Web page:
Military launches from actual operational silos are rare. “They traditionally launch once from an operational silo each time a new modification is deployed,” the State Department expert said. The most recent Soviet launch of this type was in 1988. Even though the purpose of such launches may be peaceful, they still have some military benefit because they verify the operational status of other missiles that are still on "combat duty."

International law and profits
A small Russian-Ukrainian company named Kosmotras has sold and launched four of the converted Satan rockets over the past several years, under the name Dnepr. They carried small science satellites for international clients, including Americans. But these flights were made from the regular space range at Baikonur.

Ukrainian engineers are involved because the missiles were originally manufactured at the Yuzhmash factory in the Ukrainian city of Dnepropetrovsk. The company gets the missiles at essentially no cost (they save the government the cost of disposing of them), and Kosmotras pays only for customizing the guidance software, providing the small "kick stage," buying the fuel and servicing the launch. The missiles can handle payloads weighing up to 4 tons, and so far they have carried flocks of research microsatellites into low Earth orbit.

This month, Vladislav Solovey, the chief of Kosmotras' marketing department, told journalists that testing would begin next year on an improved upper stage that could put half-ton payloads into high geosynchronous orbits, or send them to the moon and beyond.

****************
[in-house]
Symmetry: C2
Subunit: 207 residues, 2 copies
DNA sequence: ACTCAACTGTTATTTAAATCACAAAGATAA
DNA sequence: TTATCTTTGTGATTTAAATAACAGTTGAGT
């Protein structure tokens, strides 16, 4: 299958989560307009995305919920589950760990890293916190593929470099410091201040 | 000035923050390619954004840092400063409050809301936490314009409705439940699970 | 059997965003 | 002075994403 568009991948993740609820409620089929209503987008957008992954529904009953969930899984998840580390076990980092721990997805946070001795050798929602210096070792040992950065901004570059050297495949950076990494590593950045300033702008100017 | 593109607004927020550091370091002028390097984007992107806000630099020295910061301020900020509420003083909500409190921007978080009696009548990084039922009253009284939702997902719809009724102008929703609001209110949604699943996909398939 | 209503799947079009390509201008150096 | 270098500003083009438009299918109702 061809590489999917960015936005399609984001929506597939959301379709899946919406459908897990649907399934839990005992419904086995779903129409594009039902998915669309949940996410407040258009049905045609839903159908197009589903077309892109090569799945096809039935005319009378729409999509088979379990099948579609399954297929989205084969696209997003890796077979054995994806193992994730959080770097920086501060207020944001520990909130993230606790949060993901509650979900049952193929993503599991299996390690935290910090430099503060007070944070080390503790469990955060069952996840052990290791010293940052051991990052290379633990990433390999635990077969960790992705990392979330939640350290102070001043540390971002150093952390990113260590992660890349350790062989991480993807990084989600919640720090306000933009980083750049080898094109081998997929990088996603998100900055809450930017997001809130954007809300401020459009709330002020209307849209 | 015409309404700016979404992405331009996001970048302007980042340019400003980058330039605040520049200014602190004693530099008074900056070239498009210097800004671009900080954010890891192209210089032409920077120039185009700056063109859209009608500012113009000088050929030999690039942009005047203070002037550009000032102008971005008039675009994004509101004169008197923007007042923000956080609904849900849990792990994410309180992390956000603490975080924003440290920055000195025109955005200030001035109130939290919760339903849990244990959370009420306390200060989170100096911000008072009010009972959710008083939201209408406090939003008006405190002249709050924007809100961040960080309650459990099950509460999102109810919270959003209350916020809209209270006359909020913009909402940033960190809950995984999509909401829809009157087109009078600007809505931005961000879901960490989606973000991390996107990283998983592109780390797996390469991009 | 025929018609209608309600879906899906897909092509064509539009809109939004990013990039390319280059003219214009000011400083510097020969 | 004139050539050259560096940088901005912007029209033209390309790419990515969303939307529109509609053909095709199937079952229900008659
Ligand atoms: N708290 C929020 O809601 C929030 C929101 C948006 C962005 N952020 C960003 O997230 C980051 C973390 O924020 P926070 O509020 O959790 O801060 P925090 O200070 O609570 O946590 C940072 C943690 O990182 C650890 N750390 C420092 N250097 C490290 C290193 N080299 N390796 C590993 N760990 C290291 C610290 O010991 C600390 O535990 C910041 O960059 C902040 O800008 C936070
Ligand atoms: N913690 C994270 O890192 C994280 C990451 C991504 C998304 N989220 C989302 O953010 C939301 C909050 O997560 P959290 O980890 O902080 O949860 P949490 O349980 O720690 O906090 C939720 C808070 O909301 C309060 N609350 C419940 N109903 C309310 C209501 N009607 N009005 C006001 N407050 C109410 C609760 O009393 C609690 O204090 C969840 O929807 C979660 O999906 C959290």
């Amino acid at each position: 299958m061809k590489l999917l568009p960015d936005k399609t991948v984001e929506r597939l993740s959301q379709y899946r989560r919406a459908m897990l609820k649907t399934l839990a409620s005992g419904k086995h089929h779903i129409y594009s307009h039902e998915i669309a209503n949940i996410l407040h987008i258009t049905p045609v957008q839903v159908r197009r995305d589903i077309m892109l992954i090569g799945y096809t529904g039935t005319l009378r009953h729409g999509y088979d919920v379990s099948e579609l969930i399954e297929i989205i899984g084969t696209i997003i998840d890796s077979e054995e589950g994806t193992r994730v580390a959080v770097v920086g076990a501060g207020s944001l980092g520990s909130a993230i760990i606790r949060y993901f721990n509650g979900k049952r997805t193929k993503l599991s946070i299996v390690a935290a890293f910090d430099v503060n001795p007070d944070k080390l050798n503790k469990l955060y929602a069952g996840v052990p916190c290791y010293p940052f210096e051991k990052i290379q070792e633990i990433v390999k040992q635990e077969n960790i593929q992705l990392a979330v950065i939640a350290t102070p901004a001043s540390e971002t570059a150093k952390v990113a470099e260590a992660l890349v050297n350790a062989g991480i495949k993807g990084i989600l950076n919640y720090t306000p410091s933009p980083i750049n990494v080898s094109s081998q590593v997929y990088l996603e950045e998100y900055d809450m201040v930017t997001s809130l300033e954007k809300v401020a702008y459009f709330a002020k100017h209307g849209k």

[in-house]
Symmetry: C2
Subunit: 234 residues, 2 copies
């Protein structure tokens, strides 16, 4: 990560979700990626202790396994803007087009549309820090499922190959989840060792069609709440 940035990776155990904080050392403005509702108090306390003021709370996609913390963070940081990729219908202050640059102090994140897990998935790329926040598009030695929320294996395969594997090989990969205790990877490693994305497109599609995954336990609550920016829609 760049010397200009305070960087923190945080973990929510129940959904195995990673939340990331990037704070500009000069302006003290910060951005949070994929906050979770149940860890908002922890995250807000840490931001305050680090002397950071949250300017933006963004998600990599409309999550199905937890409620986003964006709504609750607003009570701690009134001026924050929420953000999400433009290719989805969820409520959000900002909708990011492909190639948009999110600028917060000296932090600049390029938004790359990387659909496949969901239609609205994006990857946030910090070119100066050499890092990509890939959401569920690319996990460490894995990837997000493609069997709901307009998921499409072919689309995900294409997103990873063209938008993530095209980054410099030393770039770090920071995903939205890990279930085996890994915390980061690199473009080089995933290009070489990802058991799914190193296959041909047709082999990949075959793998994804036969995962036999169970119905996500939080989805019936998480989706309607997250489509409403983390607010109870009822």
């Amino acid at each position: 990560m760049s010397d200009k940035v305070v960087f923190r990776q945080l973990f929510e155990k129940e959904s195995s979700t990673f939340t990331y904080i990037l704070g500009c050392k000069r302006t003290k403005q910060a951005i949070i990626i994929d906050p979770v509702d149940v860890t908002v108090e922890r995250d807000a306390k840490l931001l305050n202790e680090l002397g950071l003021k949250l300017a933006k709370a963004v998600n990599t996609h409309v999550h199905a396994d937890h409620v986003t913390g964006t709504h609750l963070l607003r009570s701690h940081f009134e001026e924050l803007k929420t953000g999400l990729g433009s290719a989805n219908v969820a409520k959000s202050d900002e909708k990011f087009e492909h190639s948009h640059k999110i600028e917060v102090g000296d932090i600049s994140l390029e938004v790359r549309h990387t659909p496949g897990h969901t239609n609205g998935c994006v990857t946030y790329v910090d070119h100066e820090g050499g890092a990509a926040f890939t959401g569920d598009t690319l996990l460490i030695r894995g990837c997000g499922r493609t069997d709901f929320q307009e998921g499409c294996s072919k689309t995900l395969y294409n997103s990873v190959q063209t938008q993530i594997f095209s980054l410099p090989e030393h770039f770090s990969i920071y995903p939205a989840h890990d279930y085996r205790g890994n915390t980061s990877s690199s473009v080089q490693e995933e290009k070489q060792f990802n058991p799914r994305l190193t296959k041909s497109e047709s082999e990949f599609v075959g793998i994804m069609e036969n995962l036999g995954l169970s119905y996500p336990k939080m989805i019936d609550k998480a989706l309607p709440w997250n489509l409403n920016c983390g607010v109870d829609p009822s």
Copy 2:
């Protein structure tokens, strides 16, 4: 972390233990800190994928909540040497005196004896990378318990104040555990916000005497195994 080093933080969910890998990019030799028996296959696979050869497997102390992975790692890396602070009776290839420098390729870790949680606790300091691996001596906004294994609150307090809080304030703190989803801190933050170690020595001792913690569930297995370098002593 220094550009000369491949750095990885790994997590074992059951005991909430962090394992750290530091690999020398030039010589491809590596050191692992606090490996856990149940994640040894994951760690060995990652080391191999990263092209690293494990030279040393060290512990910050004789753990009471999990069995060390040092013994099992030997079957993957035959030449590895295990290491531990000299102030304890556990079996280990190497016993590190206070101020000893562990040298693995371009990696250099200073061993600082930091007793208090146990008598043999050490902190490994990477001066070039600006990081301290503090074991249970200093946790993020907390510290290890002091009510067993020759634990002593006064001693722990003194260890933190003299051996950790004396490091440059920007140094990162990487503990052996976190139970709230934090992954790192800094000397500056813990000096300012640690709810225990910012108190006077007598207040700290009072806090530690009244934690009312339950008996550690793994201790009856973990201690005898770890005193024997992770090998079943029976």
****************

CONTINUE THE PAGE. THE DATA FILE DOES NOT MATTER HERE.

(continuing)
The first orbital flights from the Dombarovsky base would go into what are called sun-synchronous polar orbits — the preferred paths for weather satellites and ground imaging systems, both military and civilian. However, Kosmotras doesn't yet have paying customers firmly signed up for either the moon or the sun-synchronous destinations. A commercial lunar probe known as the TrailBlazer is supposed to use a Dnepr booster, but a firm launch date has not been set.

Not welcome in Kazakhstan
The shift to Dombarovsky is part of Russia's larger strategy to bring more of its launch operations back with its own borders. During the Soviet era, Moscow could depend on Baikonur to serve as the main launch center. Today, however, the facility sits within an independent country that is still suffering a huge environmental hangover caused by past Soviet excesses.

Kazakh authorities have called a halt to Russian military test launches at Baikonur, but the commercial Dnepr program was allowed to continue — after Kosmotras made the Kazakh government a partner in the company and granted government officials roughly 5 percent of the earnings. Even so, the converted Satans won't have permission to fly from Baikonur forever.

Col. Gen. Solovtsov began discussions about using the Dombarovsky silos by early 2003, according to Russian journalist Andrey Dneprov. The local governor was brought on board with the promise of another cut of the company’s profits, which were guaranteed only if no environmental impact assessment was made, Dneprov said.

After this month's eastbound test launch this month, commercial flights will be made to the south. The first stage, with up to a ton of unburned toxic fuels, will fall in Turkmenistan. A waiver on environmental constraints was obtained from Turkmenistan, Dneprov reported, by paying $100,000 and promising to attach the Turkmen president's personal emblem to all future rockets.

Compared with the death-dealing potential of the nuclear-armed Satan missile, these human hazards are small — but not zero. Still, if the missiles are to fly at all, carrying peaceful commercial payloads is by far the better alternative.